This octogenarian poet seeks new ways to promote Punjabi literature
Chandigarh, Jan 23 (IANS) After making a name in the world of Punjabi literature, an octogenarian poet, short-story writer and editor is now seeking to promote more collaborative ventures among Punjabi authors so that they get a better deal.
He feels the authors should get a fair remuneration if they are to keep writing and producing quality work. The publisher, on the other hand, should promote literary writings by teaming up writers of the same stature.
“I think it is high time for publishers to help promote collaborative publications of literary works by encouraging four or more writers of a particular language to write collectively,” poet S. Swarn, who turned 80 last November, told IANS in an interview while on a visit here.
Based in Mumbai since the 1950s, he was candid in the belief that “let’s think of solutions to help the growth of great Punjabi literature instead of applauding a neo-culture of paying from your pocket to the publisher to get the material published”.
He was in Chandigarh for a commemorative event in his honour by the Punjab Kala Parishad, designed to showcase achievements of Punjabi cultural personalities after they have crossed 75 years of age, an idea initiated by the celebrated Berlin-based writer Rajvinder Singh.
Rajvinder Singh also edited a book, containing Swarn’s poems and short stories and articles written on him by friends, which was released on the occasion.
Swarn, a name in Punjabi literature for publishing “Chetna”, a legendary bi-monthly magazine of Indian literature that was once published in Punjabi for over a decade, believes that while earnings of the authors are going down, those of publishers are increasing.
Favouring collaborative fiction, he said a collective of writers aims to weave together a novel and that too a shorter work.
In western countries, he said, collaboratively written works have been paying handsomely and have even been the subject of academic research.
The literary journey of Swarn, which translates into gold in Punjabi, began with the launch of “Chetna” in 1955 from Bombay (now Mumbai).
It was the platform for upcoming writers to promote literary journalism, he said.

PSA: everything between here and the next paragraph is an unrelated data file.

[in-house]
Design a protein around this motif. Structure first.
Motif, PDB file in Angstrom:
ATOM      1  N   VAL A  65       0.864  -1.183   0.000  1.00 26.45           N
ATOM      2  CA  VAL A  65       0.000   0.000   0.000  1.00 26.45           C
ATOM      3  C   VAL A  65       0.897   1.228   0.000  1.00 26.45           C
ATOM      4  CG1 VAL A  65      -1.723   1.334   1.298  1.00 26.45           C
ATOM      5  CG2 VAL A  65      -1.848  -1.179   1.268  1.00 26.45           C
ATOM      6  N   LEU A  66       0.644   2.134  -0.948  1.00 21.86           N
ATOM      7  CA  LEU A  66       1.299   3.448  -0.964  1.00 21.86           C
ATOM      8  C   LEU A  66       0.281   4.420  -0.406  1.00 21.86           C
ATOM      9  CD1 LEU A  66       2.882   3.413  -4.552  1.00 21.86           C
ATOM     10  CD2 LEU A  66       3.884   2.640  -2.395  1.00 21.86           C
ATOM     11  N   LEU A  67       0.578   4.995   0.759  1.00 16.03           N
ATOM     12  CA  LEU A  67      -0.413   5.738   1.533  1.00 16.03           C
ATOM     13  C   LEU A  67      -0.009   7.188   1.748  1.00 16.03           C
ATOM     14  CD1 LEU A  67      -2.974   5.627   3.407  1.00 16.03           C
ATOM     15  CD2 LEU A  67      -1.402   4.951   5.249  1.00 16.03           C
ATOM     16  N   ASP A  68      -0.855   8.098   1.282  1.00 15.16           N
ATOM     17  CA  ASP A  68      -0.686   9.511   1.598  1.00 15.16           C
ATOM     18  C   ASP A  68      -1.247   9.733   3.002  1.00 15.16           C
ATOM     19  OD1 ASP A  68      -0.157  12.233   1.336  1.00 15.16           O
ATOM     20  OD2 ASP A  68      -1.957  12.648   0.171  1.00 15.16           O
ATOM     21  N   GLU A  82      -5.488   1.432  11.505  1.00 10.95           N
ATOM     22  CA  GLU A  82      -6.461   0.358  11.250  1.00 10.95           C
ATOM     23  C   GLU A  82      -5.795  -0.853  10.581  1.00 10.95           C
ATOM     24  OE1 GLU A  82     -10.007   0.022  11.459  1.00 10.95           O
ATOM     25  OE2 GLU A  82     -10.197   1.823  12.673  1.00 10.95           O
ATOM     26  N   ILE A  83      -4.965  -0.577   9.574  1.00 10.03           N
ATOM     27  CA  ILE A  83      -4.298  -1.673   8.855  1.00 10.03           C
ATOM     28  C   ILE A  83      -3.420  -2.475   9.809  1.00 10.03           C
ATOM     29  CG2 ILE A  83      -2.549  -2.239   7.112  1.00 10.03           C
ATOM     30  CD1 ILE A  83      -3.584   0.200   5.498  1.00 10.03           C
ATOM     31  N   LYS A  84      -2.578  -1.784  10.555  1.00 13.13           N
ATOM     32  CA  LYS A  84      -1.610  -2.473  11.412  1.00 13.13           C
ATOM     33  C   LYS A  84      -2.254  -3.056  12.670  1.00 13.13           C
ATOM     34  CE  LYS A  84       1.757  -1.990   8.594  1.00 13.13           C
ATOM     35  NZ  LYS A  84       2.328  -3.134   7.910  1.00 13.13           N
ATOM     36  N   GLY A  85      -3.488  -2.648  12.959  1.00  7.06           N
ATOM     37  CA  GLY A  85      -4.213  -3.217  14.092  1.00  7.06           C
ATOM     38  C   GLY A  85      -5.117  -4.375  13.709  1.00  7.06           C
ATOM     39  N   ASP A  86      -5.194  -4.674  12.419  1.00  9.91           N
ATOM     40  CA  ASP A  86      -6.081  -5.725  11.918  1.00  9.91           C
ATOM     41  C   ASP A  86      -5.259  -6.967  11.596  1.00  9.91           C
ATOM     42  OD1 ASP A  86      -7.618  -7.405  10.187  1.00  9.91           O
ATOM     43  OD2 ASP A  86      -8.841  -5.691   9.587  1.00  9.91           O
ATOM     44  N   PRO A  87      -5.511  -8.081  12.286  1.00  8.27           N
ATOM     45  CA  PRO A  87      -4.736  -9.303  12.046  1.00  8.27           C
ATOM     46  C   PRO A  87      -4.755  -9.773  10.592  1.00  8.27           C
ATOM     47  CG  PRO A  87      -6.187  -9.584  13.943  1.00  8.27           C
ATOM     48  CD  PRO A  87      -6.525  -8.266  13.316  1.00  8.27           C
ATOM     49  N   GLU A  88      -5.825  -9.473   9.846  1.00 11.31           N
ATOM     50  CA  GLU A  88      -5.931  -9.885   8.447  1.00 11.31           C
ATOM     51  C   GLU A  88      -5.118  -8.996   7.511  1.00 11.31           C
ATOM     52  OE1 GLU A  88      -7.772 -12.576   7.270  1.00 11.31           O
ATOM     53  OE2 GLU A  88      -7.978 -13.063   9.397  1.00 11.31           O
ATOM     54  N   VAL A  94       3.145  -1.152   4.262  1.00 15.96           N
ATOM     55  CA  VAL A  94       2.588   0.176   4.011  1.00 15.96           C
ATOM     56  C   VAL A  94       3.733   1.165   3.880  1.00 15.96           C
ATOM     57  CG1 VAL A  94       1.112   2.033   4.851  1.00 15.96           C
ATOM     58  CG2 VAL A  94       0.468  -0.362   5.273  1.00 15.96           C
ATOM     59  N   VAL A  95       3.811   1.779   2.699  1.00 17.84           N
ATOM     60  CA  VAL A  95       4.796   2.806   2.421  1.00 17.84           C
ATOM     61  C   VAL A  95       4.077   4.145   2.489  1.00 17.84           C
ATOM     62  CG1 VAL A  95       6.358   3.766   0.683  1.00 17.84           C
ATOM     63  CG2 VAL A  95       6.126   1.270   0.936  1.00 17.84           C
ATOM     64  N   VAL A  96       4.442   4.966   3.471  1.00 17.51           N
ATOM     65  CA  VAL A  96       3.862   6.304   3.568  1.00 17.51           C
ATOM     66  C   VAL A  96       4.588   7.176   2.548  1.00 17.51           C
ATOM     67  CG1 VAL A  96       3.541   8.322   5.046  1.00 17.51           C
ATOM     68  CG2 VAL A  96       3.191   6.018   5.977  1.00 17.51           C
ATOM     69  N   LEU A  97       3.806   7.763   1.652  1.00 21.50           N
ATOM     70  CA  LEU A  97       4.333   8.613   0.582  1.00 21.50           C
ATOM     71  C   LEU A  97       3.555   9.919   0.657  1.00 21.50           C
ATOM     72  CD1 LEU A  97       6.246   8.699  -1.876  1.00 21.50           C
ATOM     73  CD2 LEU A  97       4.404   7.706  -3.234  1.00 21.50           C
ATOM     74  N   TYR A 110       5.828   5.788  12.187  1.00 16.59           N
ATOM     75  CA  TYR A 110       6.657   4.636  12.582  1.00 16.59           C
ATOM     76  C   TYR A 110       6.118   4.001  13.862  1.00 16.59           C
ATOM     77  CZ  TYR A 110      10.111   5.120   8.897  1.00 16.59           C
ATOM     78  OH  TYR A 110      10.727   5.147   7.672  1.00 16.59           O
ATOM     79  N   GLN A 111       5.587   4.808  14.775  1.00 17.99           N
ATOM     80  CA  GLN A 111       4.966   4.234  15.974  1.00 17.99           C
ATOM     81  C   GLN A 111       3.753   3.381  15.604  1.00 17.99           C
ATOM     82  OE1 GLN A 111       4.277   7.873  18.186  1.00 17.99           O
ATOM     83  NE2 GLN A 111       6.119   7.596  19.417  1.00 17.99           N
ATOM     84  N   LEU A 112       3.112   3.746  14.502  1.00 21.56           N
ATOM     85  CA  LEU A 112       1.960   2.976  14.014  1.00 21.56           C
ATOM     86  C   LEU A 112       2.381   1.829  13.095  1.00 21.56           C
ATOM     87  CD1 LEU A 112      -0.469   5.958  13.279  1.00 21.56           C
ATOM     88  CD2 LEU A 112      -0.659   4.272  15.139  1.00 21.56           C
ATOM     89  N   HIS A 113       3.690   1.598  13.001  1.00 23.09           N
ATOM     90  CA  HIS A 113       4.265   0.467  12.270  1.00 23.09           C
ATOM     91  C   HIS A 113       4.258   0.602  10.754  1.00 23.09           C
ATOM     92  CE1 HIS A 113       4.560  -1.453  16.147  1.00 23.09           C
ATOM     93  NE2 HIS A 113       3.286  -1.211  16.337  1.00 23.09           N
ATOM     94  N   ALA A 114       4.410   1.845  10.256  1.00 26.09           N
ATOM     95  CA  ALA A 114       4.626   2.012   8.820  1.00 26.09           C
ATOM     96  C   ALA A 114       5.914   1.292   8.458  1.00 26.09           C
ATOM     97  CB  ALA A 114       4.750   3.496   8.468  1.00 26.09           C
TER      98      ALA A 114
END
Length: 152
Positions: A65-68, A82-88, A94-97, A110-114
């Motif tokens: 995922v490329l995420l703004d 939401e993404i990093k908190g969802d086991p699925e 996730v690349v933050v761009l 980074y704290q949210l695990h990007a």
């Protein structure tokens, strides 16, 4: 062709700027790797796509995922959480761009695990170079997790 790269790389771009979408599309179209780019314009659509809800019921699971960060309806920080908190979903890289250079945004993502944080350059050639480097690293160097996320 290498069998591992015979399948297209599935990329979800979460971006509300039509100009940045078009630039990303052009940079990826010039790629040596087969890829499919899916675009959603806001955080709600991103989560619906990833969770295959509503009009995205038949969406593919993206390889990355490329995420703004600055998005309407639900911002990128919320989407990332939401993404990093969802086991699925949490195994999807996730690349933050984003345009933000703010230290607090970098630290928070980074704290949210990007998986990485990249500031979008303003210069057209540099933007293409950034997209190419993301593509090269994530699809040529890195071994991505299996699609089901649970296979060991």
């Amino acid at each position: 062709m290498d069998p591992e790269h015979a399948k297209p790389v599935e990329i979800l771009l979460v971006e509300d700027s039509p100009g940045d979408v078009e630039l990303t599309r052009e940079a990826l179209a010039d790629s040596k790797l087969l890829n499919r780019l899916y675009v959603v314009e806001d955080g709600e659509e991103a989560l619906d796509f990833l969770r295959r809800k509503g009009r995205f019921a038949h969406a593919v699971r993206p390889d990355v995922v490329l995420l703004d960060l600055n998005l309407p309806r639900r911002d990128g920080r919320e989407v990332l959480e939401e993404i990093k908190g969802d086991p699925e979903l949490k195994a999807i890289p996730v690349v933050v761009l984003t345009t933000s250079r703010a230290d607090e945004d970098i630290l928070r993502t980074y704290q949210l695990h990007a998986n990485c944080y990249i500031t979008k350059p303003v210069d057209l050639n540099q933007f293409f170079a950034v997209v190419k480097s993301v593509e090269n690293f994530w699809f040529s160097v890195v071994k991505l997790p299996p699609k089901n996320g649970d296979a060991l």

He was also associated with the Indian People’s Theatre Association, an over six-decade-old performing arts group, and the Punjabi Kala Kender, founded in 1973 in Bombay by noted actor Balraj Sahni.
Swarn was the Kender’s secretary for many years and got to work closely with film personalities and writers like Balraj Sahni, Gulzar, Ramanand Sagar, Sagar Sarhadi and A.K. Hangal, among others.
In 1959-60, Swarn, who also penned Punjabi plays that were staged in Bombay and Delhi, shifted “Chetna” magazine to Delhi.
The magazine was closed in July 1965. After that Swarn, a successful entrepreneur too, launched India’s first techno-economics electronics monthly journal Electronics Today in 1968. It closed down two years ago.
Swarn, who was involved in environmental activities, especially beach cleaning, by founding the NGO Versova Development Organisation, started writing at the age of 15. At that time, he was in Benaras (now Varanasi) in Uttar Pradesh.
The inspiration to write got ignited when he started participating in spiritual poetry contests being organised by a local gurdwara where his brother was employed.
“This is how I started my literary journey. Later in my life, I drifted to leftist ideology. I was once also a member of the Communist Party of India,” he said.
“After 1965 (with the closure of “Chetna”), I have not written poems or any other literary work,” Swarn said, adding: I tried many a time to start penning Punjabi literature but circumstances didn’t allow that.”
The Punjab Kala Parishad and Rajvinder Singh, who is a three-time German poet laureate, will continue this commemorative event twice a year, with renowned Punjabi novelist Jaswant Singh Kanwal being next in line.
(Vishal Gulati can be contacted at firstname.lastname@example.org)